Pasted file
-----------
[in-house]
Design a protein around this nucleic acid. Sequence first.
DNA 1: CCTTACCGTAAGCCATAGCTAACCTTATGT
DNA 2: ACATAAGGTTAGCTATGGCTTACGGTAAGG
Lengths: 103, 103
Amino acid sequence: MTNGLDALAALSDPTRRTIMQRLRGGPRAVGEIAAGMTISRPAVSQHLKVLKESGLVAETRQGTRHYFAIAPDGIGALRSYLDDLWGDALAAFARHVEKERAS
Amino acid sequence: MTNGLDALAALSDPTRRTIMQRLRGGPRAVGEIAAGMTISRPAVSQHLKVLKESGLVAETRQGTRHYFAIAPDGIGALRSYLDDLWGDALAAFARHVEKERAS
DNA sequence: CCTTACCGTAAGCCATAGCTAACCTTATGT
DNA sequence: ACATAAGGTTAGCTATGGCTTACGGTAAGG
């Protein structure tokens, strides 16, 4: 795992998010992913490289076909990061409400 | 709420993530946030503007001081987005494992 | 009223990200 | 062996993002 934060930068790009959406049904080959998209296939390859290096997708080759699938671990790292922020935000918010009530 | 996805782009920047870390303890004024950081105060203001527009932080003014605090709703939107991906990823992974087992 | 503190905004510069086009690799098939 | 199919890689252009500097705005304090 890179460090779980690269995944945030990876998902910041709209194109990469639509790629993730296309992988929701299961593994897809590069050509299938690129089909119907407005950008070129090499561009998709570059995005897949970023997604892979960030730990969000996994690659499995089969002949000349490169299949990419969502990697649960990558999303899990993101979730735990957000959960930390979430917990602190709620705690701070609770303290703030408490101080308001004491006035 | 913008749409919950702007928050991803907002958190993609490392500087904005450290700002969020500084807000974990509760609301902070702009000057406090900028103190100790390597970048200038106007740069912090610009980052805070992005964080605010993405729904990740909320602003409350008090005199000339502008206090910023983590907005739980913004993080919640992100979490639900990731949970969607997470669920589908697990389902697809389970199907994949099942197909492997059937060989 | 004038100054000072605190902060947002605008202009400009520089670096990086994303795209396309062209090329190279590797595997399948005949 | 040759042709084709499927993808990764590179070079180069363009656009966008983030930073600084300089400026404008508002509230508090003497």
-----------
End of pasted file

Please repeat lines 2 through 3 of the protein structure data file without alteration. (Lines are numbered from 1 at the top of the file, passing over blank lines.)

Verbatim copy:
Design a protein around this nucleic acid. Sequence first.
DNA 1: CCTTACCGTAAGCCATAGCTAACCTTATGT